A Toast to Brewerytown: A Hidden Gem for Philly House Hunters
The fluctuation of Philadelphia’s real estate market has been on the rise most recently in Center City’s surrounding neighborhoods. With a steady increase in property values and an incline in infrastructure, buyers are becoming even more enticed to call Brewerytown their next home. Let’s take a look at the history behind this neighborhood and the direction it’s headed in the very near future that is starting to make Philly house hunters rethink buying in other parts of the city.
A Brief History
Dating back to the late 19th century, Brewerytown was given its name after breweries began lining the Schuylkill River taking advantage of its conveniently located resources. This historic North Philadelphia neighborhood unofficially sits north of Parrish Street, south of Cecil B. Moore Avenue and east of the Schuylkill River stretching to 25th Street. Brewers were most attracted to the area ponded by the dam at the Fairmount Water Works for the ice they could harvest from the river. This allowed Brewers to “ripen” lager beer for six to eight months. Close proximity to the river and nearby farmland were the perfect ingredients for success allowing these establishments to flourish. At its peak, approximately 700 breweries were responsible for over half of the city’s beer production, all produced directly out of Brewerytown. As demands were on the rise, the neighborhood began to thrive. Once the effects of 1920’s prohibition settled in, breweries began to close and ultimately vanished by the late 20th century.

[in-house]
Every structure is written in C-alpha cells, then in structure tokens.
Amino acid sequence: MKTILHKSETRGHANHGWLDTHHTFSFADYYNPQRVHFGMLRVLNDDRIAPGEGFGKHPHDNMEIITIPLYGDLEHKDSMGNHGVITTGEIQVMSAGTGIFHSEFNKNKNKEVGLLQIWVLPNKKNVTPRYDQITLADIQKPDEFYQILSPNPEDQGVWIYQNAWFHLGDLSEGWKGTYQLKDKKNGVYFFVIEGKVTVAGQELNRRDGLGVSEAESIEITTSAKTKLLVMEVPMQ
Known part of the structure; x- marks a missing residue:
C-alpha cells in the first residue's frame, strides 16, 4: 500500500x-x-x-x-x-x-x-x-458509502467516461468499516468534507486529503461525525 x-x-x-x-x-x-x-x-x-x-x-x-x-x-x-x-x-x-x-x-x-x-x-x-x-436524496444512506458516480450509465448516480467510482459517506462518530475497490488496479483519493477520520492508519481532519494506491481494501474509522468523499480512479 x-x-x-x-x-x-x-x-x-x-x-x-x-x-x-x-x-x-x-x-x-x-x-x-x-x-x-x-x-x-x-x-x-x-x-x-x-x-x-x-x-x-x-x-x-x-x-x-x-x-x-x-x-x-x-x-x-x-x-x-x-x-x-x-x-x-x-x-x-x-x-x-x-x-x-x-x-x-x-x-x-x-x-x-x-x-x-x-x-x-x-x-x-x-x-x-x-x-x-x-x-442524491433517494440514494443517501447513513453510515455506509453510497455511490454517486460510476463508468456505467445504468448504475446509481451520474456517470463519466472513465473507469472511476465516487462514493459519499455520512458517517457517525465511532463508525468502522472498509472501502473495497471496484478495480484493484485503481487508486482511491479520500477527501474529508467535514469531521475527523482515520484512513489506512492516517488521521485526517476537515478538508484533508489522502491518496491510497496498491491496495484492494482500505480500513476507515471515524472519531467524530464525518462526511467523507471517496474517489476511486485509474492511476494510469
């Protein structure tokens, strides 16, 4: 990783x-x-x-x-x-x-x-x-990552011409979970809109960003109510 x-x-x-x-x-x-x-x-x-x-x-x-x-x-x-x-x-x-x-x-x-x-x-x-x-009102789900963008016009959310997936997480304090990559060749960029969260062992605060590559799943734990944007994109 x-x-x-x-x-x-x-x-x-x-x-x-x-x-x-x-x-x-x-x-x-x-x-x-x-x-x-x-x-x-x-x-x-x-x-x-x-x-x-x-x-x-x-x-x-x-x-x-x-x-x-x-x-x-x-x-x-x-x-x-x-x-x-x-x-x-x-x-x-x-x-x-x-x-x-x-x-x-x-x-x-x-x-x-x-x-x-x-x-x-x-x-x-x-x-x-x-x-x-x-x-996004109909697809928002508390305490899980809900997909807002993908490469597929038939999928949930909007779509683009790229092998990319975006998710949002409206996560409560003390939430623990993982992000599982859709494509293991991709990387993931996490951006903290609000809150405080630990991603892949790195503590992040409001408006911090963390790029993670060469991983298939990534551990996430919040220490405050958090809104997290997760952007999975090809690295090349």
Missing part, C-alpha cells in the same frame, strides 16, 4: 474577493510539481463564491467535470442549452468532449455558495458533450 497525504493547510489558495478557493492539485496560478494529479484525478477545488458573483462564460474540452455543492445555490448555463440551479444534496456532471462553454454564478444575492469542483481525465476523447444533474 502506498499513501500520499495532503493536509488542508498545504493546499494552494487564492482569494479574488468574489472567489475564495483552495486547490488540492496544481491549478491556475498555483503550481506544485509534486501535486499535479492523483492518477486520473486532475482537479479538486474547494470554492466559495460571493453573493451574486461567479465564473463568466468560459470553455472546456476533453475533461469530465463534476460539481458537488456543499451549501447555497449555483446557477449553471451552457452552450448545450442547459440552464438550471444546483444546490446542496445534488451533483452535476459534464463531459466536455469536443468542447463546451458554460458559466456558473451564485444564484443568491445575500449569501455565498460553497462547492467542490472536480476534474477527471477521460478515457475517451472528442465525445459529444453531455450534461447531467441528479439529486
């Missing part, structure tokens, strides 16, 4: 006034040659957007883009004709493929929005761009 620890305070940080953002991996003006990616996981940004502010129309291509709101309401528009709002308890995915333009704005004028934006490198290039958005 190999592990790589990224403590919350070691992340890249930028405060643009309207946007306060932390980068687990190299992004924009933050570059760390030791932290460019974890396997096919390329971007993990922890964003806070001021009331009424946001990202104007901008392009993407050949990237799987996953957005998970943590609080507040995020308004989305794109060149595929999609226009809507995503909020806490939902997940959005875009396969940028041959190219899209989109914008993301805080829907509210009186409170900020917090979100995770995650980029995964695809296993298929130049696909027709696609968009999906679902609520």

If you drive through the neighborhood today, you can see some of the German-inspired breweries and factories built by architect Otto Wolf, who oversaw the construction of over 60 buildings in the area including the Bergdoll Brewing complex, and F.A. Poth Brewing. Bergdoll Brewing operated for more than 20 years. It has since been turned into a condominium complex offering its tenants a rich backstory to their home – And it’s this detailed architecture that has attracted many contractors to renovate and revitalize the neighborhood. Today, Crime and Punishment Brewing Company is the only operating brewery. Since its opening in 2015, it has quickly become a local favorite that gets packed with nearby neighbors every weekend and most week nights.
With the demise of the brewing industry came the fast decline of property values due to economic depression, white flight, and a number of other factors. More recently, as other neighborhoods on the outskirts of Center City Philadelphia began to develop, real estate investors are continuously looking for the next neighborhood to rebuild and return to its original roots…introducing Brewerytown.
Fishtown has become the face of gentrification in recent years, but more and more sections of Philadelphia are continuing to be on the rise with both a recent influx of young professionals and real estate investors working to rebuild neighborhood infrastructure. With property values quickly rising in Fishtown, other neighborhoods have been following the same path. Brewerytown has been on the climb being that it provides a short commute for Center City professionals without the Center City price. As popular businesses progressively begin to line Girard Avenue, the surrounding residents are increasingly given more options for local restaurants and shops adding convenience and attraction to this quickly changing area. The neighborhood also boasts beautiful views of the Philadelphia skyline.